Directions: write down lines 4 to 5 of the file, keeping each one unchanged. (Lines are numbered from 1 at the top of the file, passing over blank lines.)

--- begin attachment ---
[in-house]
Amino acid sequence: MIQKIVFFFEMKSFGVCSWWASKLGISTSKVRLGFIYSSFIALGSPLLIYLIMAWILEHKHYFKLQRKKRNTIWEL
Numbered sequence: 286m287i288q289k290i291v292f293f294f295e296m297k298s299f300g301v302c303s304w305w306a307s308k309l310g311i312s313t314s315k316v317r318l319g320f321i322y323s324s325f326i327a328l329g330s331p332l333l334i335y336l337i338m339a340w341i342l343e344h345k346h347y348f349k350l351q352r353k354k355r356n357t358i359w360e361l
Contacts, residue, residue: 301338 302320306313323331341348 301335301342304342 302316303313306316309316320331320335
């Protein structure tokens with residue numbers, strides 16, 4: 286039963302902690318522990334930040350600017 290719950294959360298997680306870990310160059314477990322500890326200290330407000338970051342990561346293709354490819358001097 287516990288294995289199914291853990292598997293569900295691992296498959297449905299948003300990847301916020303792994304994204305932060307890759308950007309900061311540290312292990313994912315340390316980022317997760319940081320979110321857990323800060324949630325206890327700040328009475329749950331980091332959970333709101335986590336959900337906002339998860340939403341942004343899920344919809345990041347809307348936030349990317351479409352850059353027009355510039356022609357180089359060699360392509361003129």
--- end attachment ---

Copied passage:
Contacts, residue, residue: 301338 302320306313323331341348 301335301342304342 302316303313306316309316320331320335
């Protein structure tokens with residue numbers, strides 16, 4: 286039963302902690318522990334930040350600017 290719950294959360298997680306870990310160059314477990322500890326200290330407000338970051342990561346293709354490819358001097 287516990288294995289199914291853990292598997293569900295691992296498959297449905299948003300990847301916020303792994304994204305932060307890759308950007309900061311540290312292990313994912315340390316980022317997760319940081320979110321857990323800060324949630325206890327700040328009475329749950331980091332959970333709101335986590336959900337906002339998860340939403341942004343899920344919809345990041347809307348936030349990317351479409352850059353027009355510039356022609357180089359060699360392509361003129």